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Feline herpesvirus pneumonia: investigations into the pathogenesis


Monne Rodriguez, Josep Maria; Leeming, Gail; Köhler, Kernt; Kipar, Anja (2017). Feline herpesvirus pneumonia: investigations into the pathogenesis. Veterinary Pathology, 54(6):922-932.

Abstract

Feline herpesvirus type 1 (FeHV-1) is one of the etiological agents of feline respiratory disease. FeHV-1 is an epitheliotropic and cytopathic virus that mainly causes rhinitis and conjunctivitis, although pneumonia is also occasionally seen. In this study, the authors investigated the pathogenesis of FeHV-1-associated pneumonia, comparing natural cases with viral infection of tracheal ring and cell cultures in vitro, using histology, immunohistology, double immunofluorescence, and transmission electron microscopy as investigative tools. The results confirm that FeHV-1 targets both respiratory epithelial cells and pneumocytes and indicate that FeHV-1 pneumonia is the consequence of continuous cell-to-cell viral spread from the upper airways via the trachea into the lungs. They provide strong evidence that FeHV-1–infected cells die primarily via apoptosis, following loss of cell-to-cell contact, rounding, and detachment. However, virus-induced lesions in vivo are dominated by marked neutrophil infiltration and extensive necrosis with less prominent apoptosis; in the airways, the tissue necrosis can extend into the submucosa. The necrosis appears to result from virus-induced neutrophil influx and release of proteolytic enzymes, such as matrix metalloproteinase-9, from the neutrophils.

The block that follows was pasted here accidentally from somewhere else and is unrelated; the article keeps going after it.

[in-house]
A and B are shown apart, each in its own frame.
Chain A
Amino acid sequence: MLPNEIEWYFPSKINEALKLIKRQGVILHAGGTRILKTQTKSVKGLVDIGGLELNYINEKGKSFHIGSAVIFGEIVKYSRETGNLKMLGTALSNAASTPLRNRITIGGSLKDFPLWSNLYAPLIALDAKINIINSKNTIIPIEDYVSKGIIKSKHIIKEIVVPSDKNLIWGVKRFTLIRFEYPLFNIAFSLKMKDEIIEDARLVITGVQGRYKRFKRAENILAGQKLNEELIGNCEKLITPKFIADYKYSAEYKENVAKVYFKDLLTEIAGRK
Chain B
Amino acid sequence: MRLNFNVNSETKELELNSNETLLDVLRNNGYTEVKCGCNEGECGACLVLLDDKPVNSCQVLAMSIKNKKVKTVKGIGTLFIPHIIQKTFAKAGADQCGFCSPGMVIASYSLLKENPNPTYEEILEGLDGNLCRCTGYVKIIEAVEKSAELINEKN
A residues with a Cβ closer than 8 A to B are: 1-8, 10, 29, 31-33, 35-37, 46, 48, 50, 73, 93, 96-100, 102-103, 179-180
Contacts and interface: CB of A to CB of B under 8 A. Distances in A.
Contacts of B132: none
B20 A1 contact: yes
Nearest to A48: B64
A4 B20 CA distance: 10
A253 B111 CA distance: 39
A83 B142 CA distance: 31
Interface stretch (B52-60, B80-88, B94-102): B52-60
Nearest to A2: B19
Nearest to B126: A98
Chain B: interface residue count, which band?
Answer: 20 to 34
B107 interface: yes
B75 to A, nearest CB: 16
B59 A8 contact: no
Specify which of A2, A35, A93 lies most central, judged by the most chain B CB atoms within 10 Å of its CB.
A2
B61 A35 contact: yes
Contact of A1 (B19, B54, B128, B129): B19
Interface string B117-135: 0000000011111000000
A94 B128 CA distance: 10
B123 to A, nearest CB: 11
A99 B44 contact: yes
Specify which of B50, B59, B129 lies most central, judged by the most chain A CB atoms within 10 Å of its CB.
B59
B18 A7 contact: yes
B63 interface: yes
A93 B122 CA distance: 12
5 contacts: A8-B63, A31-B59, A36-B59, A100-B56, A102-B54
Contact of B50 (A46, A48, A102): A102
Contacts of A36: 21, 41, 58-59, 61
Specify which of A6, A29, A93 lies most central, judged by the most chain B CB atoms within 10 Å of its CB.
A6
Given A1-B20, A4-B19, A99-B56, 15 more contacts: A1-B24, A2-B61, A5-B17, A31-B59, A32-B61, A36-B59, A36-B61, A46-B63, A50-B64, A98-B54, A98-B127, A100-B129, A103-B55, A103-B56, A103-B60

Abstract

Feline herpesvirus type 1 (FeHV-1) is one of the etiological agents of feline respiratory disease. FeHV-1 is an epitheliotropic and cytopathic virus that mainly causes rhinitis and conjunctivitis, although pneumonia is also occasionally seen. In this study, the authors investigated the pathogenesis of FeHV-1-associated pneumonia, comparing natural cases with viral infection of tracheal ring and cell cultures in vitro, using histology, immunohistology, double immunofluorescence, and transmission electron microscopy as investigative tools. The results confirm that FeHV-1 targets both respiratory epithelial cells and pneumocytes and indicate that FeHV-1 pneumonia is the consequence of continuous cell-to-cell viral spread from the upper airways via the trachea into the lungs. They provide strong evidence that FeHV-1–infected cells die primarily via apoptosis, following loss of cell-to-cell contact, rounding, and detachment. However, virus-induced lesions in vivo are dominated by marked neutrophil infiltration and extensive necrosis with less prominent apoptosis; in the airways, the tissue necrosis can extend into the submucosa. The necrosis appears to result from virus-induced neutrophil influx and release of proteolytic enzymes, such as matrix metalloproteinase-9, from the neutrophils.

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Additional indexing

Item Type:Journal Article, refereed, original work
Communities & Collections:05 Vetsuisse Faculty > Institute of Veterinary Pathology
Dewey Decimal Classification:570 Life sciences; biology
Uncontrolled Keywords:apoptosis, cats, cell-to-cell spread, feline herpesvirus 1, feline viral rhinotracheitis, necrosis, neutrophil influx, pathogenesis, pneumonia, respiratory diseases
Language:English
Date:16 August 2017
Deposited On:26 Jan 2018 17:21
Last Modified:19 Feb 2018 10:20
Publisher:Sage Publications Ltd.
ISSN:0300-9858
OA Status:Closed
Free access at:Publisher DOI. An embargo period may apply.
Publisher DOI:https://doi.org/10.1177/0300985817720982
PubMed ID:28812530

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